Cognition and Computational Psychiatry
Our vision is to understand the neural codes and computational principles enabling us to build, represent, and update a mental model of the world.
This work is informed by theoretical treatments, particularly ideas derived from reinforcement learning. Understanding how such models are constructed and represented in the brain is a fundamental question for neuroscience, and has particular importance for psychiatric research. Our research programme has two major strands:
Decision making and its impairments in psychopathology
Our previous work on this topic has concerned model-based reasoning, in particular its integration with model-free reasoning. This has motivated us to address the question of intermediate points on a spectrum between the two. Here we have shown a greater degree of complexity than implied in previous accounts, particularly in relation to credit assignment (Moran et al., 2019) with striking explanatory implications for psychopathology (Shahar et al., 2019). In social decision making we have described a novel effect on preferences engendered by having to make inter-temporal choices for a partner. This observation inspired us to provide a theoretical treatment of this effect, one that focused on uncertainty regarding one’s own values (Moutoussis et al., 2016). In work under review we have shown in our NSPN cohort that this has important implications for the trajectory of social development during adolescence.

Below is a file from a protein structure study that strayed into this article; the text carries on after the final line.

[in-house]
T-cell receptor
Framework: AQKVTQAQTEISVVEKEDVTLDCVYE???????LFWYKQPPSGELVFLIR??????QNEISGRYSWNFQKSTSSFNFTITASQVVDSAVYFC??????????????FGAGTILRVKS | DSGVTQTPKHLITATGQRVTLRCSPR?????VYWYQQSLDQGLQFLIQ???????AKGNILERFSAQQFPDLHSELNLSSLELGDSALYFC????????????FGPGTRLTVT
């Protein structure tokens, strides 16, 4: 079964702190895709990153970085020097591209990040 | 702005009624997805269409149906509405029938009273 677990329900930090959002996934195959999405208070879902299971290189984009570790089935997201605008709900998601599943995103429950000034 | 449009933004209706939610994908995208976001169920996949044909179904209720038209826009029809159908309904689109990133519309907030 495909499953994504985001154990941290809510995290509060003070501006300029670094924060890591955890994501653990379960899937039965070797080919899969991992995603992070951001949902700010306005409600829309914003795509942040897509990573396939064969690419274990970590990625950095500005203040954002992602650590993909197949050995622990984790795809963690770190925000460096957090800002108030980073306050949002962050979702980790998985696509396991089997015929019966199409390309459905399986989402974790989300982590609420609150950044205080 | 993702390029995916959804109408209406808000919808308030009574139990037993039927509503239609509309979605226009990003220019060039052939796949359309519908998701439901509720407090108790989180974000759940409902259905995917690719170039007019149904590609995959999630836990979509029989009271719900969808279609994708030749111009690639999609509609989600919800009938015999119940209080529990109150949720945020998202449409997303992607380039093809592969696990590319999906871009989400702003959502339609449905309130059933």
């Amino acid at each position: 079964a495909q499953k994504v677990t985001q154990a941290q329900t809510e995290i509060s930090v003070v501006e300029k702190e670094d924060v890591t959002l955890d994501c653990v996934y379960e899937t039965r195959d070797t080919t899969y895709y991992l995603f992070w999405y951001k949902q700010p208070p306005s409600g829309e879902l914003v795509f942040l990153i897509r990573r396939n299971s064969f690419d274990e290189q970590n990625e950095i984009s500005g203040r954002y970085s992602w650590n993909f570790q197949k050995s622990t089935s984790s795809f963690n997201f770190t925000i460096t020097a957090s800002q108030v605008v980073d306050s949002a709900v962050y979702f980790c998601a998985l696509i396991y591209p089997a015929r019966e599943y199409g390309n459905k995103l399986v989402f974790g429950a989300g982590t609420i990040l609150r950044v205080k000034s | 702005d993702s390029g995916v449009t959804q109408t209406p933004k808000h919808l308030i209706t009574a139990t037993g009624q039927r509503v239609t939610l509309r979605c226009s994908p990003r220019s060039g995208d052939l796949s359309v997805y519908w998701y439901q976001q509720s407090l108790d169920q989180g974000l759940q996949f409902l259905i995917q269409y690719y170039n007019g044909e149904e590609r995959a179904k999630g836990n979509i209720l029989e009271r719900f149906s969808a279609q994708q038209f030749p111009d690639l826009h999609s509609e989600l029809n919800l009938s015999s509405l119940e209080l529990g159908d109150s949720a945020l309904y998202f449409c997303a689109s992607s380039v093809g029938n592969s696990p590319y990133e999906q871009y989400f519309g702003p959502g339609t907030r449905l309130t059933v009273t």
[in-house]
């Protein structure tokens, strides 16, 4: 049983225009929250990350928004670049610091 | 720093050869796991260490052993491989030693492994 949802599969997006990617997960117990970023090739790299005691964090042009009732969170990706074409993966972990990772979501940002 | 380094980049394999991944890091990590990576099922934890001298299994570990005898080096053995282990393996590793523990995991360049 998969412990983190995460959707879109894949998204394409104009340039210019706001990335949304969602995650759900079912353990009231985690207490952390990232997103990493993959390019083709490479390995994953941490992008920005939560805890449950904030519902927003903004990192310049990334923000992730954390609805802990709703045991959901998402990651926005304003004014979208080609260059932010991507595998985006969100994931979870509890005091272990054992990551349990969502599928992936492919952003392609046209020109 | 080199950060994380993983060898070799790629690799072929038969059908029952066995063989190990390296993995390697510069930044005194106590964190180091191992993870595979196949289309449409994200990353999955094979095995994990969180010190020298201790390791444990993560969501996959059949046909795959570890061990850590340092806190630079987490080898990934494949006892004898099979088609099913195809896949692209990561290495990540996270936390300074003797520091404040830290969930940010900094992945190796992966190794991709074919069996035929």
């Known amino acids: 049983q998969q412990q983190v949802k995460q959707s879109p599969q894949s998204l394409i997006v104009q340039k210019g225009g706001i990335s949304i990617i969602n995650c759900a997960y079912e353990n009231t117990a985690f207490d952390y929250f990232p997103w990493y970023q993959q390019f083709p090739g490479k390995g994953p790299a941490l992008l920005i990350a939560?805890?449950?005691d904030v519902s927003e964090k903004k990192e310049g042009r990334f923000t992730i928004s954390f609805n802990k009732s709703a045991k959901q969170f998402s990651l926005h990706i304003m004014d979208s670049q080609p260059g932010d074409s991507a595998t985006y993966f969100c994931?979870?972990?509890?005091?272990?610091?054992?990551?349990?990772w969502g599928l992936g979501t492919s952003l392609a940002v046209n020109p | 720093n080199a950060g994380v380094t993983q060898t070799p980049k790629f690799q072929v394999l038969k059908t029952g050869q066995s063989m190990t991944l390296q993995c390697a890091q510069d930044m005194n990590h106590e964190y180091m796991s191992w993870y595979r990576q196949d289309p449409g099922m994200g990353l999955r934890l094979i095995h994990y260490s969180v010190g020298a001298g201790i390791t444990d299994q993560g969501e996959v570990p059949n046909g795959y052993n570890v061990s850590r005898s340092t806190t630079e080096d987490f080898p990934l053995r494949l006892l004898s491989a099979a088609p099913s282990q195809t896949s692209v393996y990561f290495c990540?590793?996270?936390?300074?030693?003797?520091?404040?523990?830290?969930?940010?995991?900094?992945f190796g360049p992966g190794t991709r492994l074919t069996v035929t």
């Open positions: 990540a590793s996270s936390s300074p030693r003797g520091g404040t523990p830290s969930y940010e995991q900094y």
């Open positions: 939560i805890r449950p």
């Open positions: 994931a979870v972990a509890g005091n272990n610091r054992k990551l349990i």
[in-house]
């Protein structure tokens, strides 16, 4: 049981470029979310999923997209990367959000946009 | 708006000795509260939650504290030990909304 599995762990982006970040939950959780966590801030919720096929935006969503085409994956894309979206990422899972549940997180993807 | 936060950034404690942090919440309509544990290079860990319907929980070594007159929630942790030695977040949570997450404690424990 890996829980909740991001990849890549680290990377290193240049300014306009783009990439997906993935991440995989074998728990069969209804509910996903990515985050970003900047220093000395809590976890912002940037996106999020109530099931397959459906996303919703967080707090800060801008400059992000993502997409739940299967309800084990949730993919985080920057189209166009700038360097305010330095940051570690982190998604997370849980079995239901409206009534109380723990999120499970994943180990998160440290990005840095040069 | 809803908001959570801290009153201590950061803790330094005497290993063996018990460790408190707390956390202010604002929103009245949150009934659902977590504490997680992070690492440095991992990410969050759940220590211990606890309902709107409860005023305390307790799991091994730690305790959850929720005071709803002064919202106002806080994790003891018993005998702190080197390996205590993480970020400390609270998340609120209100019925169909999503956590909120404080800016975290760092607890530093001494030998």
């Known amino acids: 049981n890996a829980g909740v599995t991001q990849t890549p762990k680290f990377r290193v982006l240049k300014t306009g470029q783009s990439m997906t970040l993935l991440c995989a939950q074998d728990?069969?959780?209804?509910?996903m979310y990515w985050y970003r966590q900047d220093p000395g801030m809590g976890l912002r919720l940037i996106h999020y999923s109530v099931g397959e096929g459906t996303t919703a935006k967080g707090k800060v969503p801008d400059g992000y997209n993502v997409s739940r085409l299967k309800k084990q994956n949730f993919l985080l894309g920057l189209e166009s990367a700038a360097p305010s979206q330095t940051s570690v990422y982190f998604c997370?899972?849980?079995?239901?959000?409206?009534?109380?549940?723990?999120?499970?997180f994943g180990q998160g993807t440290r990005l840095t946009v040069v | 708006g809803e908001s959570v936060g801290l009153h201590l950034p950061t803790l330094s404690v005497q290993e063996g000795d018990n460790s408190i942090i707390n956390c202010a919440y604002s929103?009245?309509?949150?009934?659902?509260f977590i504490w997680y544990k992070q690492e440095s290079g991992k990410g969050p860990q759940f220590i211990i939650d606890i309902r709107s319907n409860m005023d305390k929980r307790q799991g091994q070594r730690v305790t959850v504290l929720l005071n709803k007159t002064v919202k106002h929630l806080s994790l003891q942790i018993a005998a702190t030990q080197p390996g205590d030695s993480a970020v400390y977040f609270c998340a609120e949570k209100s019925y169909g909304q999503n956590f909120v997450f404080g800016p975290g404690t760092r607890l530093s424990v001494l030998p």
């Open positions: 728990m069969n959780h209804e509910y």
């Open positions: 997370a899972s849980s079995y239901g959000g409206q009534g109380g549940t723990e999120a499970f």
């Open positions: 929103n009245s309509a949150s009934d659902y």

An important methodological innovation, opening avenues for us to address more sophisticated questions in relation to decision making, has been our ability to capture the course of model-based planning through decoding of MEG signals. Our initial work here includes revealing the temporal structure of associative retrieval as well as identifying fast, non-spatial, sequence replay using MEG (Kurth-Nelson et al. 2016). Building on this, using a decoding strategy, we have shown forward and reverse replay in an MEG signal (Liu et al., 2019). In related research we examined the neural representation of serial and parallel computation, both of which are involved in model-based planning (Eldar et. al, 2016). Most recently, we have characterised the relative contribution of on-task and off-task replay to model based and model free decision making.
Neuromodulation and psychopathology
Previously in theoretical work we have proposed a mechanistic framework for how affect-learning interactions contribute to mood dynamics (Eldar et al., 2018). Empirically, we showed how unexpected outcomes alter affective state, including providing evidence that a varying reward sensitivity is predictive of subsequent fluctuations in mood (Eldar et al., 2016). Theoretically, this two-way relationship can set in train an escalating positive feedback loop, one wherein good outcomes improve mood which, in turn, improves perception of subsequent outcomes leading to further mood elevation. Building on this idea we have revealed that a positive impact on mood is best accounted for by a boost in subjective reward perception during learning, and this results in a delayed mood response. Importantly, this effect is amplified by SSRI’s, in a manner that can explain a delayed impact of these treatments. Thus, instead of influencing affect or reward sensitivity directly, SSRIs amplify a bilateral interaction between mood and reward perception.
G. Elliott Wimmer
- Temporally delayed linear modelling (TDLM) measures replay in both animals and humans. Elife, 10 DOI: 10.7554/eLife.66917
- Preference uncertainty accounts for developmental effects on susceptibility to peer influence in adolescence Nature Communications
- View all publications by the Cognition and Computational Psychiatry team